Blog Tour for Spectred Isle by KJ Charles


KJ Charles is starting anew trilogy of queer romance, a sort of spin-off of The Casebook of Simon Feximal, set in 1920s. Sounds pretty awesome, right! The first book, Spectred Isle, is out on August 3 both as ebook and in print. Read on for more information on it. You can also enjoy an exclusive excerpt from the book at the end of this post. Happy reading!

Title: Spectred Isle (Green Men #1)
Author: KJ Charles

Genre/Themes: Historical romance, paranromal
Release Date: 3 Aug 2017
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Sales links: Amazon / iBooks / B&N / Google Play / Kobo


Archaeologist Saul Lazenby has been all but unemployable since his disgrace during the War. Now he scrapes a living working for a rich eccentric who believes in magic. Saul knows it’s a lot of nonsense...except that he begins to find himself in increasingly strange and frightening situations. And at every turn he runs into the sardonic, mysterious Randolph Glyde.

Randolph is the last of an ancient line of arcanists, commanding deep secrets and extraordinary powers as he struggles to fulfil his family duties in a war-torn world. He knows there's something odd going on with the haunted-looking man who keeps turning up in all the wrong places. The only question for Randolph is whether Saul is victim or villain.

Saul hasn’t trusted anyone in a long time. But as the supernatural threat grows, along with the desire between them, he’ll need to believe in evasive, enraging, devastatingly attractive Randolph. Because he may be the only man who can save Saul’s life—or his soul.

Author Bio and Links

KJ Charles spent twenty years working as an editor before switching sides to become a full-time writer. She hasn’t regretted it yet. KJ writes mostly queer historical romance, some of it paranormal or fantasy. She lives in London with her husband, two children, and a cat of absolute night.


London 1923. Saul Lazenby, disgraced archaeologist, is reduced to working for Major Peabody, a crank who believes in magic and has sent him off to look for “sacred sites” in a North London park. This leads to his first encounter with the heavily sarcastic Randolph Glyde...


If my theory is correct, there will be a site on the west side of Oak Hill Park, Major Peabody had said. A burial, a standing stone, a sacred grove. A historical artefact or a local legend. Explore for me and see what your professional instincts can discover. 

Saul’s professional instincts were shaped by his doctorate in archaeology from Oxford and two years working on excavations in Mesopotamia. Major Peabody believed that if the ravens left the Tower of London, the city would fall. It was not a match made in heaven, but Saul gave the Major the best work he could and strove to be respectful without losing what little self-esteem he still had.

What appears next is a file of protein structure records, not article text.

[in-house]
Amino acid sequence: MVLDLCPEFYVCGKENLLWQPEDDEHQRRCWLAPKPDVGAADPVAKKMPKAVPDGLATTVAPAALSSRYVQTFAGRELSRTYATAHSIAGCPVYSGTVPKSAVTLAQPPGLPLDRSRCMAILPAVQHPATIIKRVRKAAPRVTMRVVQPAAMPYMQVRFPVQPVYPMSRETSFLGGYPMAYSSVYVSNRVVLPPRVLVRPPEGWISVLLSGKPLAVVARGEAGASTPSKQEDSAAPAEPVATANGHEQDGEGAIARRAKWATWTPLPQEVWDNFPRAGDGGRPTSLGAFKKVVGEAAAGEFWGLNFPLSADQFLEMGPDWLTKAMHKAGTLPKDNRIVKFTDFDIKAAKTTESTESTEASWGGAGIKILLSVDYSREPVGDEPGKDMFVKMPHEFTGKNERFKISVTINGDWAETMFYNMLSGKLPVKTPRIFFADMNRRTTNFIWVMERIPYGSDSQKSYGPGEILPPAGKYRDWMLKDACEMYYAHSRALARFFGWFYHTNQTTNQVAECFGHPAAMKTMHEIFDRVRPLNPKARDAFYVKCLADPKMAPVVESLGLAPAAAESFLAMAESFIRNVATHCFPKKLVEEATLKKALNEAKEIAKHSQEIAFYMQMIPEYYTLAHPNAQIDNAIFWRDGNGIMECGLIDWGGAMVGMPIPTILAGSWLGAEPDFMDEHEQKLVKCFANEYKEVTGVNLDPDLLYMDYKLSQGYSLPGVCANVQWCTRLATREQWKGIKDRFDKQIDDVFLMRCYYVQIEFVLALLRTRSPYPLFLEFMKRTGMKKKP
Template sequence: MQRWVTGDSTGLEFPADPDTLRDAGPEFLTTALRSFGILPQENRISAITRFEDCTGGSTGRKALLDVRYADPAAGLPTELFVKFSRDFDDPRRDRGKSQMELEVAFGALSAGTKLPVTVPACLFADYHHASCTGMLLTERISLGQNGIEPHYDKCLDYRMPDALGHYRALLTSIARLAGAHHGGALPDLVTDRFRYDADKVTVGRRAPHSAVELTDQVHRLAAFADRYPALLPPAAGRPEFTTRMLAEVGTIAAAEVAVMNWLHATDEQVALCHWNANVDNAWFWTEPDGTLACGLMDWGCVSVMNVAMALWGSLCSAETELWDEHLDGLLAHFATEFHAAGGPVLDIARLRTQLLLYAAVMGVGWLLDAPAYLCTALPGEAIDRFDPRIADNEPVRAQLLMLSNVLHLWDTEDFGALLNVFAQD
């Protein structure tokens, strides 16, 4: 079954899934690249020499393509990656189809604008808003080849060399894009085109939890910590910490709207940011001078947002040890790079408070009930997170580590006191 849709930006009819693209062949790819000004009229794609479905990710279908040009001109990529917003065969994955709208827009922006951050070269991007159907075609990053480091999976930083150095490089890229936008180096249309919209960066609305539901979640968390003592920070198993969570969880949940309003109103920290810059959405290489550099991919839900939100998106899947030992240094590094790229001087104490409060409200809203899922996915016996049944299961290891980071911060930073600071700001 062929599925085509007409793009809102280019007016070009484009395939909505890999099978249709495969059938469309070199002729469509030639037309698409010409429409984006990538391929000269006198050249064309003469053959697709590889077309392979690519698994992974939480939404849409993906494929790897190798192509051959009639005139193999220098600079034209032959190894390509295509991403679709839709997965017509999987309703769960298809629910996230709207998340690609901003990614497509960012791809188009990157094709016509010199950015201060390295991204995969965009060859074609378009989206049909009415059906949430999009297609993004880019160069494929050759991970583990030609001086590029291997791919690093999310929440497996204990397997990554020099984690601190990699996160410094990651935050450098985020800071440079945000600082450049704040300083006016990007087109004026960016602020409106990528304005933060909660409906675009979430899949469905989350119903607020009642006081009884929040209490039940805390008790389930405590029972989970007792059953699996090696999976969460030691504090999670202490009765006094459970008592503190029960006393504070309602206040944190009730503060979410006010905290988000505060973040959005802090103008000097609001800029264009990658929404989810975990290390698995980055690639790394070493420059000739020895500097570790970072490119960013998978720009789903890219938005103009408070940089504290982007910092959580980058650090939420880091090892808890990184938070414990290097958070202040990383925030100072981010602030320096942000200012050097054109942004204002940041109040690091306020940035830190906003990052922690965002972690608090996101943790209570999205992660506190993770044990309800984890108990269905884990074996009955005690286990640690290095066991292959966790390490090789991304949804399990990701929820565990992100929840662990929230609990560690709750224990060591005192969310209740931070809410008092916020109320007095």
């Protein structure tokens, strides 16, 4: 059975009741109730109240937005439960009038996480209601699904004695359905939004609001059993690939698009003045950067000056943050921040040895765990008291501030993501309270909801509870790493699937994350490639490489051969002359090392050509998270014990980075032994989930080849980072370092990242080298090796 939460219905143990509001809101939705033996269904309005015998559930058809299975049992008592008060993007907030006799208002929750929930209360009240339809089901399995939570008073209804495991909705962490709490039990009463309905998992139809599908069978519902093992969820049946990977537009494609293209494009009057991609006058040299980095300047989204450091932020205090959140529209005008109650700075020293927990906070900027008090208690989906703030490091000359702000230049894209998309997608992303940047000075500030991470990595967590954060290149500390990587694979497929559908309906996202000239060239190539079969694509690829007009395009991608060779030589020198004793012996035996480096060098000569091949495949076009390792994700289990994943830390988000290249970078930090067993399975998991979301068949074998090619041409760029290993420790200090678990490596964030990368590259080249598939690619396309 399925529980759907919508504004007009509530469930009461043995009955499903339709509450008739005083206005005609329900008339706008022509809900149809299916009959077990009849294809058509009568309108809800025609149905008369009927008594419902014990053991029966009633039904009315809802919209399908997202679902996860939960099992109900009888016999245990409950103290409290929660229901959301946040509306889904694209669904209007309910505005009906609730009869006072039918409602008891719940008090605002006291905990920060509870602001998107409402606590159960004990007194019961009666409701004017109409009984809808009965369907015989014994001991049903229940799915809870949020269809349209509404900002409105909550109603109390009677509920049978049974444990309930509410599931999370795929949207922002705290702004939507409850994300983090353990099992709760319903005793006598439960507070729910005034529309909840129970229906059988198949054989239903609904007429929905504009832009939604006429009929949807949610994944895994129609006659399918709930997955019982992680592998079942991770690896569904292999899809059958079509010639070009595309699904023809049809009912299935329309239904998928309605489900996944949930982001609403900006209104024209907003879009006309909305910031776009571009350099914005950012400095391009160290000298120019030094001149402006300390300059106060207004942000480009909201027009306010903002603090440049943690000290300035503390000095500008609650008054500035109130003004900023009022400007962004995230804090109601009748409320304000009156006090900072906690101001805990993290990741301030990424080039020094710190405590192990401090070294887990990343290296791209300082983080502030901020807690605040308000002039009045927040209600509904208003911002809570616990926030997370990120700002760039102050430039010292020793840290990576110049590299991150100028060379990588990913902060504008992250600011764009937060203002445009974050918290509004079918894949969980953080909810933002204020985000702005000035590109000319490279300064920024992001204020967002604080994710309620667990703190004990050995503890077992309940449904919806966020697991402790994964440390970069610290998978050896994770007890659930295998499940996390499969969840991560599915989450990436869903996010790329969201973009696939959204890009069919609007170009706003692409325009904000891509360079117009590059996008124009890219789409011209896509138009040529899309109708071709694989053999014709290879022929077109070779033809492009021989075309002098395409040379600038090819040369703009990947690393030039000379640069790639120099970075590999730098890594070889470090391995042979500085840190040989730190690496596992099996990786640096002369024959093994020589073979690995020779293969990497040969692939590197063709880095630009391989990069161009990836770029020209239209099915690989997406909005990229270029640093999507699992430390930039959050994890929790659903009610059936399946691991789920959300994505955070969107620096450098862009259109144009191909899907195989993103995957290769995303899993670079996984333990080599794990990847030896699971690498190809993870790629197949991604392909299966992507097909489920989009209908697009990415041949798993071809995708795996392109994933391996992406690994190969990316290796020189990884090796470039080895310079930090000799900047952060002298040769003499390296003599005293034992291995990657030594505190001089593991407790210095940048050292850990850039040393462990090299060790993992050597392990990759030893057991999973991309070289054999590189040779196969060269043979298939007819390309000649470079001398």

There was no sign of any sacred Druidic grove or whatever bee was in the Major’s bonnet this time, but there was a truly magnificent oak dominating the landscape not far ahead. Saul took another step towards it, admiring the gnarled branches and the bright light green of its fresh new foliage, and it burst into flame. 

The fire erupted so violently that Saul heard a faint whoomph of air, like an explosion, and his immediate war-trained thought was, Mortar. He could see all around the heath, though, and there was no engine of war, no gun, no people, even, except for one man some way down the path who was running towards the tree with such urgency that Saul found himself jog-trotting, then sprinting, to meet him. 

By the time Saul reached the tree, it was blazing so hard he couldn’t go near it, waves of heat rolling out and stinging his eyes. The other man was standing, breathing rather less heavily than Saul, staring at the conflagration. 

“What the devil happened?” he demanded aloud, in a decidedly upper-class tone. 

Saul couldn’t tell if the man was asking him or the empty air; he replied anyway. “I’ve no idea. I thought it was a mortar at first but—”

“We’re not at bloody war any more.”

“At first,” Saul repeated. “That or lightning, but the sky’s clear as you like. Did you see anything?”

“Such as what?”

Saul had no idea. “Someone with some kind of gasoline? That blaze is—”

“Unnatural,” the man completed. He was regarding the tree with hard, sceptical eyes. Saul couldn’t blame him. The tree had been a living thing; if you’d chopped it down the wood would have taken a good year to dry out for burning, but the fire was so fierce he felt it heating his cheeks, and so loud that they were almost shouting over the noise of branches crackling and snapping. How in God’s name did a live tree burn like that?

“It must have been lightning,” he said aloud. “I had a view of the whole park.”

“And you saw a very small thunderstorm above?”

Saul had trained himself to endure contempt, but he didn’t have to take sarcasm from a stranger. He turned away from the inferno and had his first good look at the other man. 

He was of medium height, but thinnish and rangy, which made him appear taller: the sinew and whipcord build that Saul himself had, and liked. English from his features, with dark hair and much lighter hazel eyes under near-black, slanted brows. A saturnine, sardonic sort of face, clean-shaven; a mouth that seemed made to sneer. He looked like the kind of man Saul had met a great deal in the war in the officer ranks: a thoroughbred aristocrat, effortlessly superior, endlessly disdainful. 

“See anything you like?” the man enquired, those finely shaped lips twisting, and Saul realised he’d been staring. 

Well, sod you, fellow. “I can’t say I do, no,” he replied affably, and wasn’t sure if the flicker in the man’s expression was amusement or affront.

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